The introduction of the idea of gnosis, or knowledge of spiritual mysteries, into Islam is the result of Sufi doctrine. The Sufis distinguish three organs of communication: the heart, which knows God; the spirit which loves Him; and the innermost ground of the soul, which contemplates Him. The nature of the heart is considered perceptive rather than emotional or intellectual; for whereas intellect cannot gain real knowledge of God, the heart is capable of knowing the essence of all things, and, when illuminated by faith and knowledge, the heart reflects the whole content of the divine mind.

While ordinary knowledge ("'ilm" in Arabic) is obtained by study and hard work, mystic knowledge or gnosis ("ma'rifa" in Ar.) can be obtained by conventional means. Sufis follow different paths to the elusive ma'rifat, giving rise to different schools, which all see themselves as links in one continuous chain.

The first Sufis were 9th century ascetics who wandered around the Islamic world, preaching love, peace and brotherhood. Many of them were scholars, poets, musicians and dancers, who attracted large followings to their gentle form of Islam. There was complete equality between the sexes, as far as rank among "the friends of God" was concerned and the dignity of sainthood was conferred on women as well as men. The woman saint made her appearance at a very early period in the history of Sufi thought.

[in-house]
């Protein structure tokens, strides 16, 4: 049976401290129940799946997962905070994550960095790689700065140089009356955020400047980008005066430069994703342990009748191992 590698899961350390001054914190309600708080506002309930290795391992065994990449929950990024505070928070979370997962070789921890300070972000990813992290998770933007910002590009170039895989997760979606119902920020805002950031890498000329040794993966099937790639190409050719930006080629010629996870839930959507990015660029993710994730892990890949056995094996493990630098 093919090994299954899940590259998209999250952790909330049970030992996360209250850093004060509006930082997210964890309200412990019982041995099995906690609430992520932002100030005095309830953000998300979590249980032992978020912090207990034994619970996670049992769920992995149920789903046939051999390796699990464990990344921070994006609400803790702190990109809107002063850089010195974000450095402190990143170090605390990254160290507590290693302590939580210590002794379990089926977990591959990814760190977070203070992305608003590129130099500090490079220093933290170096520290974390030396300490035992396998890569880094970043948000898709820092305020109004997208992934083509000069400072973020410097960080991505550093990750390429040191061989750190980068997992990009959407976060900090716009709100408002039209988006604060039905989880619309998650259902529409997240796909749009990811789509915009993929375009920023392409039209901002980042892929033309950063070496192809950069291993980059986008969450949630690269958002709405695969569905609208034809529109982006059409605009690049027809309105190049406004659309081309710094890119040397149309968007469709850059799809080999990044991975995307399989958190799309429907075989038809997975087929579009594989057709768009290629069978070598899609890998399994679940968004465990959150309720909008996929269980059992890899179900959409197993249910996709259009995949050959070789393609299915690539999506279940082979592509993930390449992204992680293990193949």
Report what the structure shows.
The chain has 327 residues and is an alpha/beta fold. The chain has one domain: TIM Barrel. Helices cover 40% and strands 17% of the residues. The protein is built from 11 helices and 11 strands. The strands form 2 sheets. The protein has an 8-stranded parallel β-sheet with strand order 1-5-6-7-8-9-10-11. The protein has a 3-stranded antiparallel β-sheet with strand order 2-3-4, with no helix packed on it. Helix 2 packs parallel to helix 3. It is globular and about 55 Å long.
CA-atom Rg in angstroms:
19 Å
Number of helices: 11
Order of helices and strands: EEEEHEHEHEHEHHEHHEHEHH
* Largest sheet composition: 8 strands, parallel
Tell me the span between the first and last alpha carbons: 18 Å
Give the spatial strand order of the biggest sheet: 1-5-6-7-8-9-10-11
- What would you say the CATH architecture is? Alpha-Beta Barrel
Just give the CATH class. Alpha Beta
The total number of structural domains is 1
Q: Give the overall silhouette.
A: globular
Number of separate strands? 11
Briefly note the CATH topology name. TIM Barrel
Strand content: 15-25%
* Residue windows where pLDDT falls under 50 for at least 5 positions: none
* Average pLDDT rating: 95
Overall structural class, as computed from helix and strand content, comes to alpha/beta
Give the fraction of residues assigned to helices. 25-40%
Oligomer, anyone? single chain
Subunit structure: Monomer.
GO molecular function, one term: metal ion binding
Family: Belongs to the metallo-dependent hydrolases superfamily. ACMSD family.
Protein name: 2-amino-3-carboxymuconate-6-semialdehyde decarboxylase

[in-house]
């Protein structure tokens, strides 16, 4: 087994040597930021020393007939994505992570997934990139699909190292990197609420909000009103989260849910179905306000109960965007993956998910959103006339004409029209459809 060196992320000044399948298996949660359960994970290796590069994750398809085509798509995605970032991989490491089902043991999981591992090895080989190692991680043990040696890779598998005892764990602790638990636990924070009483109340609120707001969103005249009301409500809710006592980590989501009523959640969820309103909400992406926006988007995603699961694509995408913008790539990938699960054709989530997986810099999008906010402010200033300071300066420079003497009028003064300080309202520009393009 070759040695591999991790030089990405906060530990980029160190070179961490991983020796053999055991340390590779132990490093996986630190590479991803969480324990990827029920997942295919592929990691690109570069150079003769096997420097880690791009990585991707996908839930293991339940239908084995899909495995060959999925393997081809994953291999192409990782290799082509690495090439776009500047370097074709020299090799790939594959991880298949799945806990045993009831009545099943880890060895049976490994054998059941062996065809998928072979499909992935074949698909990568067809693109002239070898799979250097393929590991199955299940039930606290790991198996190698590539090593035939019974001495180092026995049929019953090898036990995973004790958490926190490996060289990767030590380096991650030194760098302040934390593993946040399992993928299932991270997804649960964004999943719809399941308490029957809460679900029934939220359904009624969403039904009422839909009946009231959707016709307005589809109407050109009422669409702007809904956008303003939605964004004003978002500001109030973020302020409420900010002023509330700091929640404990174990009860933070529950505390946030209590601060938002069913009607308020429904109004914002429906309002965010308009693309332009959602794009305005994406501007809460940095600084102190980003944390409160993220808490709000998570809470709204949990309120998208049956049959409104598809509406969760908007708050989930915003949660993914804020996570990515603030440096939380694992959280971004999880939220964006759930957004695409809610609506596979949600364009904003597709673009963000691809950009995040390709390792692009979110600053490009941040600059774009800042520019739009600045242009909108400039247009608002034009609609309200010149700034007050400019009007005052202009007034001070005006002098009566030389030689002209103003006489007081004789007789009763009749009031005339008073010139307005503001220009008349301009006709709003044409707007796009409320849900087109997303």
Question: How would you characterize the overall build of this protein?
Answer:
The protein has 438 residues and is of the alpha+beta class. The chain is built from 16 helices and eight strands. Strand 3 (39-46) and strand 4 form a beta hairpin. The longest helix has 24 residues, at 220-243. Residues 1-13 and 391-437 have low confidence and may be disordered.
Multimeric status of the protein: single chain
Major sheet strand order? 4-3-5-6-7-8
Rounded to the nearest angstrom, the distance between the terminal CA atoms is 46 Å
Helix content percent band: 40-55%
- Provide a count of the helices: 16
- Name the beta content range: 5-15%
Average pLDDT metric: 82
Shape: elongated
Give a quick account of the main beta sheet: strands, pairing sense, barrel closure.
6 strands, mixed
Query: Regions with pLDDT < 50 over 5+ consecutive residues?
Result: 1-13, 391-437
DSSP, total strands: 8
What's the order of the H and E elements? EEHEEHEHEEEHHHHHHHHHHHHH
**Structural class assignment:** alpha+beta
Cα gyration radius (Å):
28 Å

Externally, the Sufi path is kindness to the young, generosity to the poor, good counsel to friends, forebearance with enemies, indifference to fools and respect to the learned.

Sufi thought is extremely diverse in many forms. The agreement of Sufis themselves upon who constitutes a Sufi is the only test of being one. This is because, as the known and well respected Sufi-master Jalal ed-din RUMI and others pointed out, Sufism is based not on theology but on experience.

To be a Sufi is to be born anew and to become aware of what has always been from eternity (azal in Arabic) without one's having realised it until it has happened. The Sufi way is an intense preoccupation with the Ultimate Unity and an awareness of its closeness, which is at the same time its distance. It can be broached in metaphors, radiated in a glance or diffused in music.